Table 2 Average Standard Gamble Utilities for Each Scenario
A number of sensitivity analyses were conducted given that some respondents were seemingly responding contrary to the imagined vignettes or in a paradoxical manner. For the EQ-5D-3L vignette 3 there were 57 (50%) respondents who had indicated problems (ie, scored 2 or 3) on the vision bolt-on even though they were asked to imagine they had normal vision. Furthermore, for vignettes 4 and 5 where respondents were asked to imagine they had poor vision 35.6% (37/104) and 38.4% (38/99), respectively, indicated they had normal vision. These responses were removed from the results, and the data re-analysed. The results of this analysis are shown in Table 3. The new values (indicated by the suffix “a”) have been included alongside the previous ones. It may be seen from this table that vignette 3 (normal vision) now has the highest level of utility, as would be expected, including on the vision bolt-on. In contrast to this, those vignettes (4 and 5) with poor vision revealed the lowest level of utility, particularly on the vision bolt-on. No statistically significant results were observed for those participants with anomalous responses to Vignettes 3, 4, or 5 were observed for gender (X2(1)=0.042, P=0.84, Vignette 3; X2(1)=0.12, P=0.73, Vignette 4; X2(1)=0.03. P=0.86, Vignette 5), age (X2(5)=5.85, P=0.32; X2(5)=8.59, P=0.13; X2(5)=6.23, P=0.29) or occupation (X2(2)=0.61, P=0.74; X2(2)=2.76, P=0.24; X2(2)=5.37, P=0.07).
Table 3 Revised Average EQ-5D Utilities for Each Scenario
For the standard gamble vignettes those two vignettes where vision in one or two eyes was restored to near normal in one eye (vignettes 7 and 11) paradoxically scored the lowest in terms of level of utility. For these two vignettes, 42.3% (220/520) and 37.5% (195/520), respectively, of respondents had the lowest level of utility compared to vignettes 5–8 and 9–12, respectively. Data were removed from these vignettes and re-analysed to obtain new utility values. These new utilities are shown in Tables 4 and 5. As with the EQ-5D vignettes, the anomalies in these responses were not explained by underlying factors such as age (X2(5)=2.49, P=0.78; X2(5)=6.55, P=0.26) or occupation (X2(2)=1.51, P=0.47; X2(2)=5.57, P=0.062) for participants with anomalous responses to Vignettes 7 and 11, respectively, or by gender for Vignette 7 (X2(1)=1.56, P=0.21). However, there was a statistically significant effect by gender for Vignette 11 (X2(1)=3.88, P=0.049), with proportionally more females (57%) providing lower utility values for this vignette compared to males (43%) for Vignettes 9, 10, and 12.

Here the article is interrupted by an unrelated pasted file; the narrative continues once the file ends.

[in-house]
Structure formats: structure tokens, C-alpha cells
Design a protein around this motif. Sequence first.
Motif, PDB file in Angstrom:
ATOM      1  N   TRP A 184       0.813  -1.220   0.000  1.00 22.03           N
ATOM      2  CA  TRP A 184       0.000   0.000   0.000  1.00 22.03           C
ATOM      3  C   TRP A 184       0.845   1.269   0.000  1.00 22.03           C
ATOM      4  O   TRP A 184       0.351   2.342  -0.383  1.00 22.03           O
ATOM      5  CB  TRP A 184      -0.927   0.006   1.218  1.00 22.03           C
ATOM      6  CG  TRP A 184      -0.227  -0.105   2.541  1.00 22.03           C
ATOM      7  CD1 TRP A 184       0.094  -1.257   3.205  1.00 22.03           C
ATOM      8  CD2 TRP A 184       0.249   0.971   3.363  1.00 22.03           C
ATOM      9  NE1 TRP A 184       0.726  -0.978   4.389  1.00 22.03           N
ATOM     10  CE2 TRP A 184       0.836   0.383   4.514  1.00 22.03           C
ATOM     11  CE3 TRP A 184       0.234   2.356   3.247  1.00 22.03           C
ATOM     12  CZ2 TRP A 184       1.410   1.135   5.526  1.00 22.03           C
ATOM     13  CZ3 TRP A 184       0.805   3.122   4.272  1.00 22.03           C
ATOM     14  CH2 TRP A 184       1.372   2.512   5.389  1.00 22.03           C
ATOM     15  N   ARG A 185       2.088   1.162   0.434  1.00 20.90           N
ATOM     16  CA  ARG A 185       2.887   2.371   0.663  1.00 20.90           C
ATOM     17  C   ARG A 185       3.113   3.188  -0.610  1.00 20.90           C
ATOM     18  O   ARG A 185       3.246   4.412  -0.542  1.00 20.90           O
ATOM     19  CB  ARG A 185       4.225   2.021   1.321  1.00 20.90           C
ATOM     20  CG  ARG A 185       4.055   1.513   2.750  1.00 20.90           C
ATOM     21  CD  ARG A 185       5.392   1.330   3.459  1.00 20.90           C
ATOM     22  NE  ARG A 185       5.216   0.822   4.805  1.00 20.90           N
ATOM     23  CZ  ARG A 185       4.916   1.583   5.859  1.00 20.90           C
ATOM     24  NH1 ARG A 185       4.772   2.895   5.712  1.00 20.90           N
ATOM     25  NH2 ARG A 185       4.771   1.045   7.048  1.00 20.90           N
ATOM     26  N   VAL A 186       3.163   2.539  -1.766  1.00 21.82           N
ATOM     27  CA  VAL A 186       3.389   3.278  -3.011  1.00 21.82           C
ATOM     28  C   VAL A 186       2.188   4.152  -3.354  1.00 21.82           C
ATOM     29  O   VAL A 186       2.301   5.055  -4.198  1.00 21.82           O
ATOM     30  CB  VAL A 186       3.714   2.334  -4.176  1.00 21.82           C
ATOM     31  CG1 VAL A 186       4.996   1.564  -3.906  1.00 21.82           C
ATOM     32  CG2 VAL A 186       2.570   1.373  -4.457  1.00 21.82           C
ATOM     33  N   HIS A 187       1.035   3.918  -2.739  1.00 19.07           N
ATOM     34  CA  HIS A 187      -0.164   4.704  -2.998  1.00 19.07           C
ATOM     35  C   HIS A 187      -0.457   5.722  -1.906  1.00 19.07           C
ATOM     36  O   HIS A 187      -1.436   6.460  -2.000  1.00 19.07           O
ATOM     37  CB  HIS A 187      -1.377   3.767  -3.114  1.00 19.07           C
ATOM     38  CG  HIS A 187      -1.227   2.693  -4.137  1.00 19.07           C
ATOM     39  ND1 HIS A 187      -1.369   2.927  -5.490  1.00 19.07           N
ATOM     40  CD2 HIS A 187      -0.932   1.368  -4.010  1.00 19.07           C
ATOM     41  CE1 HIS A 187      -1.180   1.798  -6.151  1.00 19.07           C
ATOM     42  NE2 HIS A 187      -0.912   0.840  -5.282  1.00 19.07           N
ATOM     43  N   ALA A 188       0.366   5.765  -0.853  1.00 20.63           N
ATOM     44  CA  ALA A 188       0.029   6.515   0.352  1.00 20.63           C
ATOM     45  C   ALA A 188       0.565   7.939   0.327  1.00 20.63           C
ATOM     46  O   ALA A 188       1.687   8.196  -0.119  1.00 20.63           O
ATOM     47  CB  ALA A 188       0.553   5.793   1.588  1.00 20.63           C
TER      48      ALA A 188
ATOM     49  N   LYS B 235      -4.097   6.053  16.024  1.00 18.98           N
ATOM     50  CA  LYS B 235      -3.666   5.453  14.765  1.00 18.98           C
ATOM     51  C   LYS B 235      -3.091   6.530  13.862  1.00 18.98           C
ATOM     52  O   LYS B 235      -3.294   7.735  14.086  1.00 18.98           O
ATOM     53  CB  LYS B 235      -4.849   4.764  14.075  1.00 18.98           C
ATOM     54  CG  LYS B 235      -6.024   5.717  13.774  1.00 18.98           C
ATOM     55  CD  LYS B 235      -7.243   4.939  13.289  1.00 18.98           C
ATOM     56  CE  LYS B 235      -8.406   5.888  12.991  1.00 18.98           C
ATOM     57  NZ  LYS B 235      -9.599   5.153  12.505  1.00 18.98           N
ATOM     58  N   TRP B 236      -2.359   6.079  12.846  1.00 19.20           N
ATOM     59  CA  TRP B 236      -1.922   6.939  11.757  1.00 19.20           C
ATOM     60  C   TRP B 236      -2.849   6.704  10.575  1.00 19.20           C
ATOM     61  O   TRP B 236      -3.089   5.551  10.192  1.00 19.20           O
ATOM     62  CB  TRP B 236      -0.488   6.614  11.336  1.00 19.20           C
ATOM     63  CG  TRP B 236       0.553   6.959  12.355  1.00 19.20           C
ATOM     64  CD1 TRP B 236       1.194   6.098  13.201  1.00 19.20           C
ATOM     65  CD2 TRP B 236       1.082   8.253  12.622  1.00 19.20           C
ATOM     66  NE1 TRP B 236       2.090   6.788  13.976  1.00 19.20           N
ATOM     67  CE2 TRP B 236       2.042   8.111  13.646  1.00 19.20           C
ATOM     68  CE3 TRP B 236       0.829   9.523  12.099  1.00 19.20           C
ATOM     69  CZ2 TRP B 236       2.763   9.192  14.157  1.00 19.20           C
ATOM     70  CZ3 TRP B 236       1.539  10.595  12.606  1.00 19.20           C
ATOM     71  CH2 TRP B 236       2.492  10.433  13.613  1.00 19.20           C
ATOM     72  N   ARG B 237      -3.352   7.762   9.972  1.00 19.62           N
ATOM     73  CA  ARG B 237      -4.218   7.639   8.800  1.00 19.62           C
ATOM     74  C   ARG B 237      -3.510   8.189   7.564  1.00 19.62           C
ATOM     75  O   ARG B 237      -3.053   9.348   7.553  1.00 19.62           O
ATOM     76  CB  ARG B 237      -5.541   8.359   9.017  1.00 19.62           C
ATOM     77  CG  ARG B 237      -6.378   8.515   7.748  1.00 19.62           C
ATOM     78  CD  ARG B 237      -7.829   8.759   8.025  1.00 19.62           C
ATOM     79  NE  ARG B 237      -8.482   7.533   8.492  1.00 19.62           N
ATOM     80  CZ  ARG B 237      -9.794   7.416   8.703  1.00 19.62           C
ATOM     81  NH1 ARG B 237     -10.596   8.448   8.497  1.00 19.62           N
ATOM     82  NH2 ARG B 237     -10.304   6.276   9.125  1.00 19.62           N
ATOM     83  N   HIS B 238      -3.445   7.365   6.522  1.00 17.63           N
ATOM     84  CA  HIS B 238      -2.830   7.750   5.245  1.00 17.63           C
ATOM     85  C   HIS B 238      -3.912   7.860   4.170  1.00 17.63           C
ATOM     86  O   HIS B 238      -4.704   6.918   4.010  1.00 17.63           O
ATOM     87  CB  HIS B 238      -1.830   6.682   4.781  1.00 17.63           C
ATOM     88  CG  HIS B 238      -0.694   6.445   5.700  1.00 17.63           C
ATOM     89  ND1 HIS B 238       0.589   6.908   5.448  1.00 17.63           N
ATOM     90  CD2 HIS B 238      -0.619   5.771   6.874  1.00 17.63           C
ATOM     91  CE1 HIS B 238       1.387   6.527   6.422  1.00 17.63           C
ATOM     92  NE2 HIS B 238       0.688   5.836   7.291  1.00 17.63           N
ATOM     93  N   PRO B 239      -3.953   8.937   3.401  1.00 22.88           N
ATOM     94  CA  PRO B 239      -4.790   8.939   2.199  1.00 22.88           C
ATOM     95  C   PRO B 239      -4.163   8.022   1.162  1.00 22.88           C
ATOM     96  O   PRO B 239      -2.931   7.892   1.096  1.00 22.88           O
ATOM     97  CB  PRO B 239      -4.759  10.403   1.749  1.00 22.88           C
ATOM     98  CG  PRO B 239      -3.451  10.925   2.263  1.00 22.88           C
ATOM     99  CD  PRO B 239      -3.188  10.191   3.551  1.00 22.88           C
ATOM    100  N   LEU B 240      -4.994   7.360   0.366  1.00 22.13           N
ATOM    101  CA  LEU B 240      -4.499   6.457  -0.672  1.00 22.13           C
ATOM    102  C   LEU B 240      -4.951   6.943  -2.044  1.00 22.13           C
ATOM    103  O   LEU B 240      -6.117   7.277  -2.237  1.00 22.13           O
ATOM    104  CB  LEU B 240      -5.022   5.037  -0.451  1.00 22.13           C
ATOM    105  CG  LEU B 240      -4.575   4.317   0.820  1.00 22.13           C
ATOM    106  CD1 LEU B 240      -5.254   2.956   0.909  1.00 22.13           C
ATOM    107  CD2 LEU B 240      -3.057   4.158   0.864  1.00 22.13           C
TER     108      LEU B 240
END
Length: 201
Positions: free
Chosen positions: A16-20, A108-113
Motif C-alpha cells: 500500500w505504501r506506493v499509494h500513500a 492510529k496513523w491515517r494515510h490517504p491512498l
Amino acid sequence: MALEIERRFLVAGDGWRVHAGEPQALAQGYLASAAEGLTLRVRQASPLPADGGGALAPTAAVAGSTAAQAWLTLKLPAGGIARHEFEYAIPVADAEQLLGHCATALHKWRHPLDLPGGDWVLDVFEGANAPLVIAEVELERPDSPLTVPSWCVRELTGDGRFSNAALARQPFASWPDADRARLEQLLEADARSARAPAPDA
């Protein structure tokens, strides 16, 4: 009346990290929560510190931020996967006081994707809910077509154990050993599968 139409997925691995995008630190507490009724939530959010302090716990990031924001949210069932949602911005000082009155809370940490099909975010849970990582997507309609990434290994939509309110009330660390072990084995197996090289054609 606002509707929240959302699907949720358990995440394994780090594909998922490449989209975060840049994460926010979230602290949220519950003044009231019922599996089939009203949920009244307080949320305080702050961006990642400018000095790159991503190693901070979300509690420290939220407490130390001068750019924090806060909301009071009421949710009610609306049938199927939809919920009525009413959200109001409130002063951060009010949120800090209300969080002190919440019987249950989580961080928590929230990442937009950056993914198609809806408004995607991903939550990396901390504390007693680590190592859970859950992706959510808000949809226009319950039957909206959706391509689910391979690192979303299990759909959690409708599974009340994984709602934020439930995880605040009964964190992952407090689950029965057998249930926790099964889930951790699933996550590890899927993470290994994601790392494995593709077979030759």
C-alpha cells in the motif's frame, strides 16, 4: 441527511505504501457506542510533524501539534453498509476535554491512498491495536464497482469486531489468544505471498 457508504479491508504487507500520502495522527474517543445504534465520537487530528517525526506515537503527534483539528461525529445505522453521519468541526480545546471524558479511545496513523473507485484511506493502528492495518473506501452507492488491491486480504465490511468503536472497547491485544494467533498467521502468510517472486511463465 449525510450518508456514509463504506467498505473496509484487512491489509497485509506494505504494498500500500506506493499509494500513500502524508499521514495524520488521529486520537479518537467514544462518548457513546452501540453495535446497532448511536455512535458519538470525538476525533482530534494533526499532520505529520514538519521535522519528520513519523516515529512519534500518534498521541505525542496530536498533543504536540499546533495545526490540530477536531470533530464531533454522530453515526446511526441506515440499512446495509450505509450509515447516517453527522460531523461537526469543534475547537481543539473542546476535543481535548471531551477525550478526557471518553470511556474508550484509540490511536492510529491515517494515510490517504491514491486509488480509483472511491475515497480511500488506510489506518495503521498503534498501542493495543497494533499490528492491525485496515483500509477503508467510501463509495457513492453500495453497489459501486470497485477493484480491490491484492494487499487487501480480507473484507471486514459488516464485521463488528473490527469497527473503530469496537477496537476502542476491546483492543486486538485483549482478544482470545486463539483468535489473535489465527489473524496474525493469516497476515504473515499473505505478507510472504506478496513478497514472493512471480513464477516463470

Table 4 Revised Average Standard Gamble Utilities for Each Scenario (Anomalous Data from Scenarios 5–8 Removed)
Table 5 Revised Average Standard Gamble Utilities for Each Scenario (Anomalous Data from Scenarios 9–12 Removed)
There were no statistically significant associations between anomalous responses on the EQ-5D vignettes and SG vignettes, in other words, inconsistent responses on one of these sets was not predictive of anomalous responses on the other (EQ-5D Vignette 3 and SG Vignette 7, P=0.75; EQ-5D Vignette 4 and SG Vignette 7, P=0.64, EQ-5D 5 and Vignette 7, P=0.29; EQ-5D Vignette 3 and SG Vignette 11, P=0.49; EQ-5D Vignette 4 and SG Vignette 11, P=0.31; EQ-5D 5 and Vignette 11, P=0.068).
It may be seen from Table 3 (where anomalous data from vignettes 5 to 8 have been removed) the utility values were higher where respondents were asked to imagine they had two eyes affected compared to one. As with the previous analysis, higher utility values were recorded where both disfigurement and pain were treated. This took primacy over the restoration in vision, particularly where one eye was affected. Where two eyes were affected, marginally higher utilities were recorded for the restoration of normal vision compared to moderate vision (where pain and disfigurement also improved). Furthermore, normal vision was preferred over moderate vision where disfigurement, but not pain was also resolved. One paradoxical result still remained: respondents still scored a relatively low level of utility for the restoration of normal vision and resolution of disfigurement and pain. Once again higher utility values were recorded for those vignettes where two eyes were affected and both disfigurement and pain were removed (Table 4). However, the results in terms of the visual acuity were less clear-cut than for Table 3: although moderate vision was preferred, in general, to poor vision, those vignettes where vision was restored to normal recorded the lowest level of mean utility.